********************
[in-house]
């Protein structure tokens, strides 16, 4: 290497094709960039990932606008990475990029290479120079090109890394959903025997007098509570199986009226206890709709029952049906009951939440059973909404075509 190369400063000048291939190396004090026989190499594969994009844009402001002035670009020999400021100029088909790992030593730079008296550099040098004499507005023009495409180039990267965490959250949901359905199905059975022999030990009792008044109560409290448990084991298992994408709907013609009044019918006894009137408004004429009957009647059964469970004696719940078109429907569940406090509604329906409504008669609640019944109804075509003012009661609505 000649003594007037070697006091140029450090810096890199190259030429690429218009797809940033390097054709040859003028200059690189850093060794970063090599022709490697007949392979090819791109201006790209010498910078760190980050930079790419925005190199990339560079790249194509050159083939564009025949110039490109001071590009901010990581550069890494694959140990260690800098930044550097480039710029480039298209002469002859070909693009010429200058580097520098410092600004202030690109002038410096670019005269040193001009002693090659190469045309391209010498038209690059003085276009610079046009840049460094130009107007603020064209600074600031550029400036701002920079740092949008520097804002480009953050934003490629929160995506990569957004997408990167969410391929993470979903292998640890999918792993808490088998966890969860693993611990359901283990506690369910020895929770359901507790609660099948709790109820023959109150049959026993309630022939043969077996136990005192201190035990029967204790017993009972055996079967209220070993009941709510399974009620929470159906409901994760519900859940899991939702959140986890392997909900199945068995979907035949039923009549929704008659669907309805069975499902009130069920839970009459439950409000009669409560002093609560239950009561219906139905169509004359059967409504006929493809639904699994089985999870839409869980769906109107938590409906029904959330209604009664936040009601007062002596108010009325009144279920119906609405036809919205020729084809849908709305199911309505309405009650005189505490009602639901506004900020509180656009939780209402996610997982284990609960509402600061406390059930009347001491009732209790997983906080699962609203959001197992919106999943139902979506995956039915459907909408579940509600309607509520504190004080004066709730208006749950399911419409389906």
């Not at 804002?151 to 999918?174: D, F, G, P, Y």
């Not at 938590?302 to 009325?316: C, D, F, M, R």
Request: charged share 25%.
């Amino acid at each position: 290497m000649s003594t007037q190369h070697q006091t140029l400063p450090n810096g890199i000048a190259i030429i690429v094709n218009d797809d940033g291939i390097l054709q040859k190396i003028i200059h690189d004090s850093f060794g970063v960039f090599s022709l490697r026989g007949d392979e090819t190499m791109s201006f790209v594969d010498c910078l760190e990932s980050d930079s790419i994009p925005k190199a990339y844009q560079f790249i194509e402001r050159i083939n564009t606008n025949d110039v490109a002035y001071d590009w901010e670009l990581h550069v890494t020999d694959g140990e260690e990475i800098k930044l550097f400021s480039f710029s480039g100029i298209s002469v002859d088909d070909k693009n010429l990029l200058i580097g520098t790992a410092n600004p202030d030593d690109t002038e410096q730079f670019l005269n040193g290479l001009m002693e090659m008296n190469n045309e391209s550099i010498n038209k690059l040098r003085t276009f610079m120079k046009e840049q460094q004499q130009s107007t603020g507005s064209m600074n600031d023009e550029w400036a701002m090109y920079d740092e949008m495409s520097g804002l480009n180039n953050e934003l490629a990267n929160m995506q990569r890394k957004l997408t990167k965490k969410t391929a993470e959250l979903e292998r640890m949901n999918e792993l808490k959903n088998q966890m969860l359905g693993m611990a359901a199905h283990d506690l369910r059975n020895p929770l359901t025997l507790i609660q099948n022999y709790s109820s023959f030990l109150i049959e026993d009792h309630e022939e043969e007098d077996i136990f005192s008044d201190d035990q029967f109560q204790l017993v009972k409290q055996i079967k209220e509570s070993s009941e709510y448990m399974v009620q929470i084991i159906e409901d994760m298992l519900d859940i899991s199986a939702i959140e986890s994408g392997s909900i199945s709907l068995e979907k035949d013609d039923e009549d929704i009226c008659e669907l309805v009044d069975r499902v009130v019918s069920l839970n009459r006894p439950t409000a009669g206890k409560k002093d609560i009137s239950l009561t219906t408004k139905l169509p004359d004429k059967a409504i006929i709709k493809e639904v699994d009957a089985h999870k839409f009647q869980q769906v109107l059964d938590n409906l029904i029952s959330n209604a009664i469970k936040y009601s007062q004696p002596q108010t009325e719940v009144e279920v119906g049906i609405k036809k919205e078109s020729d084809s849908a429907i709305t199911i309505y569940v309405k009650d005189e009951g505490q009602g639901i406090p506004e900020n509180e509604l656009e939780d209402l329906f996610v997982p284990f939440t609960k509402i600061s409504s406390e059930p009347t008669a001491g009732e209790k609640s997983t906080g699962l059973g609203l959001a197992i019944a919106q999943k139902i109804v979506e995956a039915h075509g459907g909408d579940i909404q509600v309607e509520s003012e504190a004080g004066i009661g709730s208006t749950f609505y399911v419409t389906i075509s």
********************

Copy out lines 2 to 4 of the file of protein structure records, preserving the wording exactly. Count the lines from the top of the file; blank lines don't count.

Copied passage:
């Protein structure tokens, strides 16, 4: 290497094709960039990932606008990475990029290479120079090109890394959903025997007098509570199986009226206890709709029952049906009951939440059973909404075509 190369400063000048291939190396004090026989190499594969994009844009402001002035670009020999400021100029088909790992030593730079008296550099040098004499507005023009495409180039990267965490959250949901359905199905059975022999030990009792008044109560409290448990084991298992994408709907013609009044019918006894009137408004004429009957009647059964469970004696719940078109429907569940406090509604329906409504008669609640019944109804075509003012009661609505 000649003594007037070697006091140029450090810096890199190259030429690429218009797809940033390097054709040859003028200059690189850093060794970063090599022709490697007949392979090819791109201006790209010498910078760190980050930079790419925005190199990339560079790249194509050159083939564009025949110039490109001071590009901010990581550069890494694959140990260690800098930044550097480039710029480039298209002469002859070909693009010429200058580097520098410092600004202030690109002038410096670019005269040193001009002693090659190469045309391209010498038209690059003085276009610079046009840049460094130009107007603020064209600074600031550029400036701002920079740092949008520097804002480009953050934003490629929160995506990569957004997408990167969410391929993470979903292998640890999918792993808490088998966890969860693993611990359901283990506690369910020895929770359901507790609660099948709790109820023959109150049959026993309630022939043969077996136990005192201190035990029967204790017993009972055996079967209220070993009941709510399974009620929470159906409901994760519900859940899991939702959140986890392997909900199945068995979907035949039923009549929704008659669907309805069975499902009130069920839970009459439950409000009669409560002093609560239950009561219906139905169509004359059967409504006929493809639904699994089985999870839409869980769906109107938590409906029904959330209604009664936040009601007062002596108010009325009144279920119906609405036809919205020729084809849908709305199911309505309405009650005189505490009602639901506004900020509180656009939780209402996610997982284990609960509402600061406390059930009347001491009732209790997983906080699962609203959001197992919106999943139902979506995956039915459907909408579940509600309607509520504190004080004066709730208006749950399911419409389906």
């Not at 804002?151 to 999918?174: D, F, G, P, Y």
């Not at 938590?302 to 009325?316: C, D, F, M, R």